New Exhibit


On display starting June 1st

In 1969, Neil Armstrong took "one small step for man" during the Apollo 11 mission. More than fifty years later, humanity is going back to the Moon.

There have been many changes since the Apollo Program. NASA's Artemis Program will land the first woman and first person of color on the lunar surface. Using what we learn on the Moon will help us take the next giant leap in exploration: Mars.

People have not landed on the Moon since 1972 with the Apollo Program. While we know a lot about our closest neighbor, there is still much to learn.



Lunar Module

The Lunar Module (LM) – originally called the Lunar Excursion Module (LEM) and still pronounced “lem” after the name was changed – was the spacecraft that allowed the Apollo astronauts to land on the Moon.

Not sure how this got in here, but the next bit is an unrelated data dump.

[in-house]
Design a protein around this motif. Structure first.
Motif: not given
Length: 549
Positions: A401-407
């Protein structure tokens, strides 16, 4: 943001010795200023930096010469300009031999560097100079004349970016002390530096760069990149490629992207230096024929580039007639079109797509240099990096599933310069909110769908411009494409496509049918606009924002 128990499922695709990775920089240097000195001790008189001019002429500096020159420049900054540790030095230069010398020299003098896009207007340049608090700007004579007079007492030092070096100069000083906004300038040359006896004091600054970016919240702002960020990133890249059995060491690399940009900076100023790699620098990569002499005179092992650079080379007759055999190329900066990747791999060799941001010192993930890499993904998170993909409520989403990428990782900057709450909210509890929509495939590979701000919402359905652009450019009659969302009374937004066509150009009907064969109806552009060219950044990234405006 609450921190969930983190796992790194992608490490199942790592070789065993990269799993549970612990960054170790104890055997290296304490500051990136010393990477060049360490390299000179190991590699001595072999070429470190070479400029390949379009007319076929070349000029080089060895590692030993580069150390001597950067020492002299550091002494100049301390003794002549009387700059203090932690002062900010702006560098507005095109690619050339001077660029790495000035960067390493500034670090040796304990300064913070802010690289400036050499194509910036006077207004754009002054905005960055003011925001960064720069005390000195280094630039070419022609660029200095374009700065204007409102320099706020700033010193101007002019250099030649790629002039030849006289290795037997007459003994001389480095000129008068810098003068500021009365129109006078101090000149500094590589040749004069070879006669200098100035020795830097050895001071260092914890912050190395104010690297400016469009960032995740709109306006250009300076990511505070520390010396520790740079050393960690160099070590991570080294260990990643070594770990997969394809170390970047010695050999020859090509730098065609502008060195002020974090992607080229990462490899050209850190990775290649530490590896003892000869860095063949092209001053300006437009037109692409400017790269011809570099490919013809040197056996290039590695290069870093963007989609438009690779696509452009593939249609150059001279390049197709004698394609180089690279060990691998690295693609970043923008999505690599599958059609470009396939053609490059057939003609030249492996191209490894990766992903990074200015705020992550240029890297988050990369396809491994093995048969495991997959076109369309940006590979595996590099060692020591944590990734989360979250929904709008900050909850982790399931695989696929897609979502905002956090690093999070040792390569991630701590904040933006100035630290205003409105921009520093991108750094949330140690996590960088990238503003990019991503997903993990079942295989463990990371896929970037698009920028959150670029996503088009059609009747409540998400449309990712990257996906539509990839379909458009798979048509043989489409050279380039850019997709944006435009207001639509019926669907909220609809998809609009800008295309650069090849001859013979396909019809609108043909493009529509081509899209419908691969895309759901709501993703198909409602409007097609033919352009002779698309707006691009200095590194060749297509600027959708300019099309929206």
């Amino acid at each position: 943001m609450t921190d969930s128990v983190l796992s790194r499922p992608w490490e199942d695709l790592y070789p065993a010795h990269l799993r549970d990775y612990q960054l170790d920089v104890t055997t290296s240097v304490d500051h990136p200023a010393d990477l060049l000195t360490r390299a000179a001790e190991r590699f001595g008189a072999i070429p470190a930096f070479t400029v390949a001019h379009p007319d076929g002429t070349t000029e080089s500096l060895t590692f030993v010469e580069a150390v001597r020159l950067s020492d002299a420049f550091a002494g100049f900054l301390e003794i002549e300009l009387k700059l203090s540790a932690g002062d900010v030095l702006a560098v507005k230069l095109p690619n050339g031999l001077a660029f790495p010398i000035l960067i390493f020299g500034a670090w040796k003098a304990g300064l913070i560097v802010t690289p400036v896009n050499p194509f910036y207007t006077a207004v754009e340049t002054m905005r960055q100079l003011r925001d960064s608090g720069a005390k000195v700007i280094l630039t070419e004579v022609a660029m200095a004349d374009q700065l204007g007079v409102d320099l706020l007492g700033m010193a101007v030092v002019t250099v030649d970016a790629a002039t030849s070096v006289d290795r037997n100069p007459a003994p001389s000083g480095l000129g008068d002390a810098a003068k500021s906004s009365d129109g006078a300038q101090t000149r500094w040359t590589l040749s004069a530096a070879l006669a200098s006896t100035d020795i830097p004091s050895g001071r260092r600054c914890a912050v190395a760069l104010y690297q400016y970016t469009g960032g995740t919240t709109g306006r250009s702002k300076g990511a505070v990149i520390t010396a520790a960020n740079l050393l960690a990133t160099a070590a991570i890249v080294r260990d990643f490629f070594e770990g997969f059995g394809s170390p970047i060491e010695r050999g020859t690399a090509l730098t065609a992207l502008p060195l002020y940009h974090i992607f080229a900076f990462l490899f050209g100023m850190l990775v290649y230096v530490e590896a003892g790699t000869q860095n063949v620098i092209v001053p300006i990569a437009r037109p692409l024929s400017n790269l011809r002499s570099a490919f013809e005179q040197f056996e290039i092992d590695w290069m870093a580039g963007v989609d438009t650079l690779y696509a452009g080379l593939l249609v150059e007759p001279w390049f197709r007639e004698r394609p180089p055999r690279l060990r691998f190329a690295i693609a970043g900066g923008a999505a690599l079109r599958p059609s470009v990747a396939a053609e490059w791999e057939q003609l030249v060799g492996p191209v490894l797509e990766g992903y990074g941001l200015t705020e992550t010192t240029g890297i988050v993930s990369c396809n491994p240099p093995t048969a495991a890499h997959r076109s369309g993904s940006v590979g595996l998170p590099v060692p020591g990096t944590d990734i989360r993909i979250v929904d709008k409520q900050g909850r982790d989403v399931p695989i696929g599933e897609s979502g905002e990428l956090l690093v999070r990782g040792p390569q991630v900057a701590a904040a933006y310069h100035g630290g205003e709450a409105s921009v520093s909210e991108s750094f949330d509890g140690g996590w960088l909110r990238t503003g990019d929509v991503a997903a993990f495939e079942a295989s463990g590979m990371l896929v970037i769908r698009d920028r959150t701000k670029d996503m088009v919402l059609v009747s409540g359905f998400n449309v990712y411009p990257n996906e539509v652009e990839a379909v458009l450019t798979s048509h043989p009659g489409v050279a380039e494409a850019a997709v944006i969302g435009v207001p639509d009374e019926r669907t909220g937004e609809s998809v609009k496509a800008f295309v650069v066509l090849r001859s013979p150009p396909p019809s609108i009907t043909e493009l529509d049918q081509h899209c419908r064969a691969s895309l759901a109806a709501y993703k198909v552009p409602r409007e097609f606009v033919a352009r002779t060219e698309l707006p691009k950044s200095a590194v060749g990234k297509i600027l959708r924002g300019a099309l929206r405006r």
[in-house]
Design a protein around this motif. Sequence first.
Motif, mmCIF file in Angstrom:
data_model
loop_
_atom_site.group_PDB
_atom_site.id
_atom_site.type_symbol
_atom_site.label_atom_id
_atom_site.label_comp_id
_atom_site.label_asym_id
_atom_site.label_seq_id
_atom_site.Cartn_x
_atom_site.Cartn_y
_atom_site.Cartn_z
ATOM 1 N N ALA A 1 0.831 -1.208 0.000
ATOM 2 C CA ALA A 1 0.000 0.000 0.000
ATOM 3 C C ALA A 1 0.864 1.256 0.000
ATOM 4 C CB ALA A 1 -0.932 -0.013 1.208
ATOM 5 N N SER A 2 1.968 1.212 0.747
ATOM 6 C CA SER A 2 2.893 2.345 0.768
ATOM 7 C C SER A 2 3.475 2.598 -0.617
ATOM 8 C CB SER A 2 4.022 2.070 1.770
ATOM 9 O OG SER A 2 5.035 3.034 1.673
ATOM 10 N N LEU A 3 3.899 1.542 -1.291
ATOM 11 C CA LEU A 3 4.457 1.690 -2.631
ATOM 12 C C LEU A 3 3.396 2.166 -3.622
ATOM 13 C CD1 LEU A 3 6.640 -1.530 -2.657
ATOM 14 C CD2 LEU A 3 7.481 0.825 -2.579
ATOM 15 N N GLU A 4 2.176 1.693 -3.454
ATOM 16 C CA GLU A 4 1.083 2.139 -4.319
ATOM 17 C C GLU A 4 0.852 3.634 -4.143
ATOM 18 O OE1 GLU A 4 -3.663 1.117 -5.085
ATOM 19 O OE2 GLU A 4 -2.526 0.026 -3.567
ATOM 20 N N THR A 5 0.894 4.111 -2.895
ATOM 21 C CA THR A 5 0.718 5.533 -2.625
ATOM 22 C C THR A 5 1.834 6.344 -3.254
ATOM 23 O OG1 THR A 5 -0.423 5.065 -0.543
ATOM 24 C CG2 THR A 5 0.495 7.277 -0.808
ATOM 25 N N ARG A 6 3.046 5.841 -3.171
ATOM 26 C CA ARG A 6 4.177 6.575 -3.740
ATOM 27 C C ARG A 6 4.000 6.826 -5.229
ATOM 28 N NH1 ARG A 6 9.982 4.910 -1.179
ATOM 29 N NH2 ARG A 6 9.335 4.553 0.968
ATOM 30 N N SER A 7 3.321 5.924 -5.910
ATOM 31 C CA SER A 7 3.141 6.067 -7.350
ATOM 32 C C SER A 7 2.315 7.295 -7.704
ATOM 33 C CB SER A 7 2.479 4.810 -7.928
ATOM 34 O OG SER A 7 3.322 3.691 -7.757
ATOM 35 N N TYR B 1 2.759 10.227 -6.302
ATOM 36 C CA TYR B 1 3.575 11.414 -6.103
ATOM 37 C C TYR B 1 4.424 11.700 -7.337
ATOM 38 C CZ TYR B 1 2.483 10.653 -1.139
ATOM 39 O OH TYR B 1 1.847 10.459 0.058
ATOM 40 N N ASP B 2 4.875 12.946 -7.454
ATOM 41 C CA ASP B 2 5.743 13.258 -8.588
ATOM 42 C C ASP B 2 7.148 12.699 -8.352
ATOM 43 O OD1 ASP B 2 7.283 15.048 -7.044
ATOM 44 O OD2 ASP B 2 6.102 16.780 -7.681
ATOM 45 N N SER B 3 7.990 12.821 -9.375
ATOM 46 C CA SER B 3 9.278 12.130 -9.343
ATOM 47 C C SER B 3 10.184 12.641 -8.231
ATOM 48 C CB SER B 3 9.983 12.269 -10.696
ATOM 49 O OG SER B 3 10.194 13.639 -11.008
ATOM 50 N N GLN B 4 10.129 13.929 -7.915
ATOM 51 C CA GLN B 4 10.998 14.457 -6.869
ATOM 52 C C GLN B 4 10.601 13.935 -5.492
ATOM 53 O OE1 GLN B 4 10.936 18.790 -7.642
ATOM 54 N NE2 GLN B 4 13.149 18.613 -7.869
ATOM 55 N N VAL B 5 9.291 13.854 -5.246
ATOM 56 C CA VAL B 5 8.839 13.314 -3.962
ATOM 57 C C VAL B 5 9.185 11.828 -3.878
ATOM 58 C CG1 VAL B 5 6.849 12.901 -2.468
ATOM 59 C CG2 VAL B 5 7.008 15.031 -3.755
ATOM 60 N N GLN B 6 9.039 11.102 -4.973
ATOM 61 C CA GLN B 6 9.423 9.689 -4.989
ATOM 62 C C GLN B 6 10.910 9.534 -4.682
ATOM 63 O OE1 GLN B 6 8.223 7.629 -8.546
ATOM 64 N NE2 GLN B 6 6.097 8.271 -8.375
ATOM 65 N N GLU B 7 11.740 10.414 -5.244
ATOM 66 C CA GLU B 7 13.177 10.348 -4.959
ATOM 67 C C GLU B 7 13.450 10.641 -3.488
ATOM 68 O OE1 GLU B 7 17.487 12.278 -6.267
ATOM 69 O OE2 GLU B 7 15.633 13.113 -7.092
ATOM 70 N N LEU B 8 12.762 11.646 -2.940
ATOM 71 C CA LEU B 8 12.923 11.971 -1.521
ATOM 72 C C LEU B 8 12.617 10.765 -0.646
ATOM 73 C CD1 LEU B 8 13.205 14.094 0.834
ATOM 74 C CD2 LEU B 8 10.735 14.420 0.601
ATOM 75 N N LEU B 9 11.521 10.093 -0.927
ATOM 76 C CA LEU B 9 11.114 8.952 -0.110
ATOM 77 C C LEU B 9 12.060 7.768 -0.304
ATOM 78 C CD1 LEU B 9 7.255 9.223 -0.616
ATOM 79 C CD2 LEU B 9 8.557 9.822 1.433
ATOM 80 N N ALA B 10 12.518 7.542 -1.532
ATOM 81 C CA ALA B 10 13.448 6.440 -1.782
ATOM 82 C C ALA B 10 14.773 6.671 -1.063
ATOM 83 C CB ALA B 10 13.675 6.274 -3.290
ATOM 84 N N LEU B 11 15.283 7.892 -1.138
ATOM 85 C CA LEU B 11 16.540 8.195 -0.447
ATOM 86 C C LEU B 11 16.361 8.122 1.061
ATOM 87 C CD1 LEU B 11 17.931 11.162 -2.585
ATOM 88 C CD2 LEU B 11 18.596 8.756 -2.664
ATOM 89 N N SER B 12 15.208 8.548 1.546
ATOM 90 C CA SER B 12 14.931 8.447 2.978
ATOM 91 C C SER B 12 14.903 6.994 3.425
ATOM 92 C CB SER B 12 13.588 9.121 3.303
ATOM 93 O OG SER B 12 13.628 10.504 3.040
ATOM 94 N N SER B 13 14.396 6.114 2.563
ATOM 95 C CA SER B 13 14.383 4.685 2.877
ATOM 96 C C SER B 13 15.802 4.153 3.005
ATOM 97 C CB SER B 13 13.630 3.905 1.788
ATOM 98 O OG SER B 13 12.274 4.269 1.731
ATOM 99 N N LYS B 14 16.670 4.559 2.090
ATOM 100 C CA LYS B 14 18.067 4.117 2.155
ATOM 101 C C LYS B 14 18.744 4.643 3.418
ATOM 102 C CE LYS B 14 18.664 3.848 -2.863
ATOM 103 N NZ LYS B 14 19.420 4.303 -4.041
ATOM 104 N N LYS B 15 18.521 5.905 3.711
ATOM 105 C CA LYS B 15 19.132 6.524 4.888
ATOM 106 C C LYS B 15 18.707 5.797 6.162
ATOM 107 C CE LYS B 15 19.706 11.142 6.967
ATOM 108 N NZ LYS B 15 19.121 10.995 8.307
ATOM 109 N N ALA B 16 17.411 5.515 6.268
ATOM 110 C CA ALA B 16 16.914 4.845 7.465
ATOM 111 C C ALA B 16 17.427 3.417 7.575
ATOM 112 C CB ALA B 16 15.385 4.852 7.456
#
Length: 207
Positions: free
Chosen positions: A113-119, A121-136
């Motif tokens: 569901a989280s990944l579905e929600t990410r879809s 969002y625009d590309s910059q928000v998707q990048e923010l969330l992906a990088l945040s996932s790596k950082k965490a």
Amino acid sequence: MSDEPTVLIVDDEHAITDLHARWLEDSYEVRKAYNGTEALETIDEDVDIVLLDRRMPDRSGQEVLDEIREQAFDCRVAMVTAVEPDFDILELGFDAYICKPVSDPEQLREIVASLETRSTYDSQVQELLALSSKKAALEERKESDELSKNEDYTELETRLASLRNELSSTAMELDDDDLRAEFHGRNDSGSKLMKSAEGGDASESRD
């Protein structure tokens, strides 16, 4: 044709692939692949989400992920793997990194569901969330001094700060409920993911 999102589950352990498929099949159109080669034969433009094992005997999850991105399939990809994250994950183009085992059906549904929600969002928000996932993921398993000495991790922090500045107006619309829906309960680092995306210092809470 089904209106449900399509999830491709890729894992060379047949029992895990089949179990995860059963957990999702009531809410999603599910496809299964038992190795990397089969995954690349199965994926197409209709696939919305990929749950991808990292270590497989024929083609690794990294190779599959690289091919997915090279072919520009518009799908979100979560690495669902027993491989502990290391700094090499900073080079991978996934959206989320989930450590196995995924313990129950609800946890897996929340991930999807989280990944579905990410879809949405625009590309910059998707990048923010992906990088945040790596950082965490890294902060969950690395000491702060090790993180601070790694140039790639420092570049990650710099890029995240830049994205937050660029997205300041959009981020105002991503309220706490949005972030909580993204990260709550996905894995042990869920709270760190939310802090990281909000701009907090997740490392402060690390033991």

What to expect:


Why go back to the Moon?

Learn about the new era of lunar exploration and how returning to the moon could benefit us all.


The Future of the Moon

Could Space Tourism be possible in the future? What about a space station that orbits the moon?

Test a design in a wind tunnel


Space Launch System

Come take a look at NASA's newest rocket - the Space Launch System (SLS)

Test a design in a wind tunnel